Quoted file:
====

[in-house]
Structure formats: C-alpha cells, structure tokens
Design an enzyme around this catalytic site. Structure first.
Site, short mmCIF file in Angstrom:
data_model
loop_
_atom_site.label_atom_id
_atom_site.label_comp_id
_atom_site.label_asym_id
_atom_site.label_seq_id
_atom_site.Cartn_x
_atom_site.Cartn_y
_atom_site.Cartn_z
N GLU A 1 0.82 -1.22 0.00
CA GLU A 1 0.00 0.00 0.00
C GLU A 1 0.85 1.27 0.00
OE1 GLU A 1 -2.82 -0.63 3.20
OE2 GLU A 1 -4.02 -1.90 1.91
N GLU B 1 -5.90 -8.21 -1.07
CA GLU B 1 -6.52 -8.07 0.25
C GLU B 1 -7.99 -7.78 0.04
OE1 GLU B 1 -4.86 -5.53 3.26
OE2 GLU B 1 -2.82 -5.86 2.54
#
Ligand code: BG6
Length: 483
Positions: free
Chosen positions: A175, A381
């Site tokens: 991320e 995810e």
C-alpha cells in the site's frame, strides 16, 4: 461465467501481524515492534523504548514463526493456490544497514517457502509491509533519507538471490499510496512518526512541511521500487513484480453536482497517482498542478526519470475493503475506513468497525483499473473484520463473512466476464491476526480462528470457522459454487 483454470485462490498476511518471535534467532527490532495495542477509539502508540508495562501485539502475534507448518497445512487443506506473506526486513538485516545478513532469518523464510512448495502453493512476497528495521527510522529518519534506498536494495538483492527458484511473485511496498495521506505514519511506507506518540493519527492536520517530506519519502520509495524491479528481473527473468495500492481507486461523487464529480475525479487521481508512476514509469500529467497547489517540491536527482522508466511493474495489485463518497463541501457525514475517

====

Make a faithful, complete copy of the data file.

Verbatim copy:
[in-house]
Structure formats: C-alpha cells, structure tokens
Design an enzyme around this catalytic site. Structure first.
Site, short mmCIF file in Angstrom:
data_model
loop_
_atom_site.label_atom_id
_atom_site.label_comp_id
_atom_site.label_asym_id
_atom_site.label_seq_id
_atom_site.Cartn_x
_atom_site.Cartn_y
_atom_site.Cartn_z
N GLU A 1 0.82 -1.22 0.00
CA GLU A 1 0.00 0.00 0.00
C GLU A 1 0.85 1.27 0.00
OE1 GLU A 1 -2.82 -0.63 3.20
OE2 GLU A 1 -4.02 -1.90 1.91
N GLU B 1 -5.90 -8.21 -1.07
CA GLU B 1 -6.52 -8.07 0.25
C GLU B 1 -7.99 -7.78 0.04
OE1 GLU B 1 -4.86 -5.53 3.26
OE2 GLU B 1 -2.82 -5.86 2.54
#
Ligand code: BG6
Length: 483
Positions: free
Chosen positions: A175, A381
């Site tokens: 991320e 995810e």
C-alpha cells in the site's frame, strides 16, 4: 461465467501481524515492534523504548514463526493456490544497514517457502509491509533519507538471490499510496512518526512541511521500487513484480453536482497517482498542478526519470475493503475506513468497525483499473473484520463473512466476464491476526480462528470457522459454487 483454470485462490498476511518471535534467532527490532495495542477509539502508540508495562501485539502475534507448518497445512487443506506473506526486513538485516545478513532469518523464510512448495502453493512476497528495521527510522529518519534506498536494495538483492527458484511473485511496498495521506505514519511506507506518540493519527492536520517530506519519502520509495524491479528481473527473468495500492481507486461523487464529480475525479487521481508512476514509469500529467497547489517540491536527482522508466511493474495489485463518497463541501457525514475517